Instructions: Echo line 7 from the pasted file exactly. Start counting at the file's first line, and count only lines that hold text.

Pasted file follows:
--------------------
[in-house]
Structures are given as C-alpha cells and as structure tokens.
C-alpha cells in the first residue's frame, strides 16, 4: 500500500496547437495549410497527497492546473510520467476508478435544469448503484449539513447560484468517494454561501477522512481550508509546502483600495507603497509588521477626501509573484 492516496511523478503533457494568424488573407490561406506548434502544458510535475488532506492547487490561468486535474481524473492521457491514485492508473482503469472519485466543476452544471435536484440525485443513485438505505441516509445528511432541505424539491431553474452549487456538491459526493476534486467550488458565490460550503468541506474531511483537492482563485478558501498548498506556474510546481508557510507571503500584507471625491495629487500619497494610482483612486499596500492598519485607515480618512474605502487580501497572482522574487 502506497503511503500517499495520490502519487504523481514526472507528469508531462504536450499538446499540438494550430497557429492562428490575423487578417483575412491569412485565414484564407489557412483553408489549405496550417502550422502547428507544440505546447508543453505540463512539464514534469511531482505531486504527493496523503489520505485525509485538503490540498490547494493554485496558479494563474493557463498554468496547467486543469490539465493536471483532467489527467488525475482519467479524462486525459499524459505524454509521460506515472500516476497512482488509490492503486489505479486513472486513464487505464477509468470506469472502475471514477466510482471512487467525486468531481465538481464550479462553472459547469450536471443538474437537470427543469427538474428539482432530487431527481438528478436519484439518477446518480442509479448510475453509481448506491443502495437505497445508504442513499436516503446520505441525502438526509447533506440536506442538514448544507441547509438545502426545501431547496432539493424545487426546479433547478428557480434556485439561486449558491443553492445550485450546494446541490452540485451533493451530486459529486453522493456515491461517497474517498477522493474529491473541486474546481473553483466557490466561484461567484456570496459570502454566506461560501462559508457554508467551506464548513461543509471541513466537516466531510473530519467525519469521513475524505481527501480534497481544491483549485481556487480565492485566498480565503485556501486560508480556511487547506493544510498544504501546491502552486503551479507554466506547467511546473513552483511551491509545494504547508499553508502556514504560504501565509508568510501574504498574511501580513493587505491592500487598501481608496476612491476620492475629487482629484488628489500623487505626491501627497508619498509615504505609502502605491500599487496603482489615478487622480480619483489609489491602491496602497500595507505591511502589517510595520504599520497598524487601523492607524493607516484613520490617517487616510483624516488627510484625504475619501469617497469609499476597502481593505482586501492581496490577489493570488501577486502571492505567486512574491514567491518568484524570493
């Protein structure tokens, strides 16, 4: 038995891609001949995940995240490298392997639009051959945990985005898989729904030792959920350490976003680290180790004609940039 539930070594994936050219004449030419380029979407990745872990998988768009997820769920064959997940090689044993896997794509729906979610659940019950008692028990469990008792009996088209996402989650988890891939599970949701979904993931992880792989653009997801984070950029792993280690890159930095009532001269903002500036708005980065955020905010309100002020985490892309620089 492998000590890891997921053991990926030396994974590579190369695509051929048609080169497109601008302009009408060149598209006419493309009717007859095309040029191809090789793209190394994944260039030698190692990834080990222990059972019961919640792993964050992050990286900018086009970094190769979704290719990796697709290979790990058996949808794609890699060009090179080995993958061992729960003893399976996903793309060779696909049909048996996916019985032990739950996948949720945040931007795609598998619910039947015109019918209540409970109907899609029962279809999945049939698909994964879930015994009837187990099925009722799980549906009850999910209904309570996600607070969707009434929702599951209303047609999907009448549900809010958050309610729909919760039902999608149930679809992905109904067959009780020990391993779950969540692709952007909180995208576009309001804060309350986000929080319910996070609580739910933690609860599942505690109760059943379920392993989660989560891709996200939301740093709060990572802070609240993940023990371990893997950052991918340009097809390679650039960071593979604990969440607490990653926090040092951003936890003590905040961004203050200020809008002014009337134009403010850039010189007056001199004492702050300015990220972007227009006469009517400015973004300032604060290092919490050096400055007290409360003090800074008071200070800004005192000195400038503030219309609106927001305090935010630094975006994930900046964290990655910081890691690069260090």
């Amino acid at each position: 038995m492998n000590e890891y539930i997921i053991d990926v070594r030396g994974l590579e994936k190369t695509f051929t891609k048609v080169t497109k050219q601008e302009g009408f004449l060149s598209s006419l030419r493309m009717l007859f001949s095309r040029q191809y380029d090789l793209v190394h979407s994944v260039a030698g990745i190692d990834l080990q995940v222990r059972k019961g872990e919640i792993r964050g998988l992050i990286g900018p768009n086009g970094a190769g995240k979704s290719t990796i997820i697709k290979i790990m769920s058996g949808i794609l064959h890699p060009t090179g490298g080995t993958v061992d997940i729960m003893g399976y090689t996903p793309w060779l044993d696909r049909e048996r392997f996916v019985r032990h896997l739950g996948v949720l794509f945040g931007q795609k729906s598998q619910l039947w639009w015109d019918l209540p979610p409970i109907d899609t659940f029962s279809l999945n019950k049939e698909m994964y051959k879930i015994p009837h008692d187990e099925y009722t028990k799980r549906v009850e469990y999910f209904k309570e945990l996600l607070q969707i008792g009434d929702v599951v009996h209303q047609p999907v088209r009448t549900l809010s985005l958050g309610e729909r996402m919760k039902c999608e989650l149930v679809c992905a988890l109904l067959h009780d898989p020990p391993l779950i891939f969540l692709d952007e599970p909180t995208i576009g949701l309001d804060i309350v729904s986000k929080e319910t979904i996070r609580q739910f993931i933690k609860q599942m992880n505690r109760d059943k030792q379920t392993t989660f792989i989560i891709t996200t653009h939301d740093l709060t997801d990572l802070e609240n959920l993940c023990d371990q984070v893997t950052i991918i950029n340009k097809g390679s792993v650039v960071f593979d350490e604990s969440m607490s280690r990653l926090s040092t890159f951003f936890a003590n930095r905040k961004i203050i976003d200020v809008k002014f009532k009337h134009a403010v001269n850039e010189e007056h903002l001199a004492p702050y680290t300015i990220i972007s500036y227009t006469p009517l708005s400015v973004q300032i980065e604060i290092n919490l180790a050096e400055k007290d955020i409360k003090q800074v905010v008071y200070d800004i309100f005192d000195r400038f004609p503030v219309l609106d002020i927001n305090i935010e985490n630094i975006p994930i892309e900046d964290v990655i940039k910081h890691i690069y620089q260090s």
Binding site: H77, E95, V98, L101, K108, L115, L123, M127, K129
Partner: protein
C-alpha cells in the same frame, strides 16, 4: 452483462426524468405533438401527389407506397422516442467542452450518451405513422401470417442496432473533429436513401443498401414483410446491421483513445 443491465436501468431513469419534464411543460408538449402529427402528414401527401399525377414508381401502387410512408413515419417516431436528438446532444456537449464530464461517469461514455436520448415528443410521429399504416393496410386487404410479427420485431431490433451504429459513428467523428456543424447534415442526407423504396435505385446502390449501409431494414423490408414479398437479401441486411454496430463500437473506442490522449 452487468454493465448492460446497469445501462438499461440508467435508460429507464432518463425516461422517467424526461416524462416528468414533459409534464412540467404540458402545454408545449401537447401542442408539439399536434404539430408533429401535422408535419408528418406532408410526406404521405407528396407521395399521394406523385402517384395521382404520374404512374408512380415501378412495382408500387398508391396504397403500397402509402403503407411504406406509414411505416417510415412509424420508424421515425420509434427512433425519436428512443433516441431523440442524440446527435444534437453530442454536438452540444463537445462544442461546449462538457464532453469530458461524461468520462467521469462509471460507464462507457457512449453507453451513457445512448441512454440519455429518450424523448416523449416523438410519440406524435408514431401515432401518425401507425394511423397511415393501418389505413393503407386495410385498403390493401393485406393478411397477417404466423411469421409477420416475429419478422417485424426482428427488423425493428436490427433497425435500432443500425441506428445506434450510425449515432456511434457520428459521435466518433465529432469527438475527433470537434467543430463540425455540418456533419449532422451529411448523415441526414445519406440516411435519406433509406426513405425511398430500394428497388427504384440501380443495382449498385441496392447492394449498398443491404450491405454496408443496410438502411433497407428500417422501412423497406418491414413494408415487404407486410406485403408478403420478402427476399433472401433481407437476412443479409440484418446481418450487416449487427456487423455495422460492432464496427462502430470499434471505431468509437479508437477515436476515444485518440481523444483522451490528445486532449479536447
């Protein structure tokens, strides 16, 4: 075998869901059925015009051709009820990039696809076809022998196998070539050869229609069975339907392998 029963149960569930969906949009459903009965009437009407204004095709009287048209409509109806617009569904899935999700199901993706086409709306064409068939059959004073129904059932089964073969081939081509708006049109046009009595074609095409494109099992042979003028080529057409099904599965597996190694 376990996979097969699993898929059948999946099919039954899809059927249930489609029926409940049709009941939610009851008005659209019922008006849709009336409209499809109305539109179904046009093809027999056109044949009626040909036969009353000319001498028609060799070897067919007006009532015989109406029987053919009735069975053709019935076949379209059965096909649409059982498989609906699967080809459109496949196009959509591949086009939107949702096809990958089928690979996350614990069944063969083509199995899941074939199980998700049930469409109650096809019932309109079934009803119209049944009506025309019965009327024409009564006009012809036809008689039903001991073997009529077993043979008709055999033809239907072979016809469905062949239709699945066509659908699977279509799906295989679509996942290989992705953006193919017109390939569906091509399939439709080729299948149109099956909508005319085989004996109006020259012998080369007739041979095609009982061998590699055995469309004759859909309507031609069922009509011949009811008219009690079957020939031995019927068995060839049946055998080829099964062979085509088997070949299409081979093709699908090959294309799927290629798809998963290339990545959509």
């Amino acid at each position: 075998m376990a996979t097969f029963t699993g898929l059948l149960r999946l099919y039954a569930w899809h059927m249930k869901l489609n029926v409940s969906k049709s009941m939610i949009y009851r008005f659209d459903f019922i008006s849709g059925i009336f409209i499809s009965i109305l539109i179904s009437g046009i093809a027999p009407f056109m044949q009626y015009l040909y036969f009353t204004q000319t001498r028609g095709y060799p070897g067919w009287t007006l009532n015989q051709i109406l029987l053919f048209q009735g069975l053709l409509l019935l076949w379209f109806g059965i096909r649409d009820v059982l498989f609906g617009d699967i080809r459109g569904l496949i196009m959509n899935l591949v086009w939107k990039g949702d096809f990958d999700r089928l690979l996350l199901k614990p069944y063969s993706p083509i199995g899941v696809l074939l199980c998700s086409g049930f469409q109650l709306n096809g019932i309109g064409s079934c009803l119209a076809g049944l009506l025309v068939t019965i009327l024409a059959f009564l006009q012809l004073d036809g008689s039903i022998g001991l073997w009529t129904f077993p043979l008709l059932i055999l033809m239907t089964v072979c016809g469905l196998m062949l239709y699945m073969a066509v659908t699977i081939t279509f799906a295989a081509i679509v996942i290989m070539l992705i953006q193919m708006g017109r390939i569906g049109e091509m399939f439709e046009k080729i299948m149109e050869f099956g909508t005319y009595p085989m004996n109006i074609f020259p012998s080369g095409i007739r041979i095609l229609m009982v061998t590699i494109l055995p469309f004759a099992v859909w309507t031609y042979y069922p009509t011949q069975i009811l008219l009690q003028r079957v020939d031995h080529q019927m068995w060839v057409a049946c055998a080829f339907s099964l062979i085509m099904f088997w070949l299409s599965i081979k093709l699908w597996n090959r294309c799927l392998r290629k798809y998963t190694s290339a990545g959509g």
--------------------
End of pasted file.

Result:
Partner: protein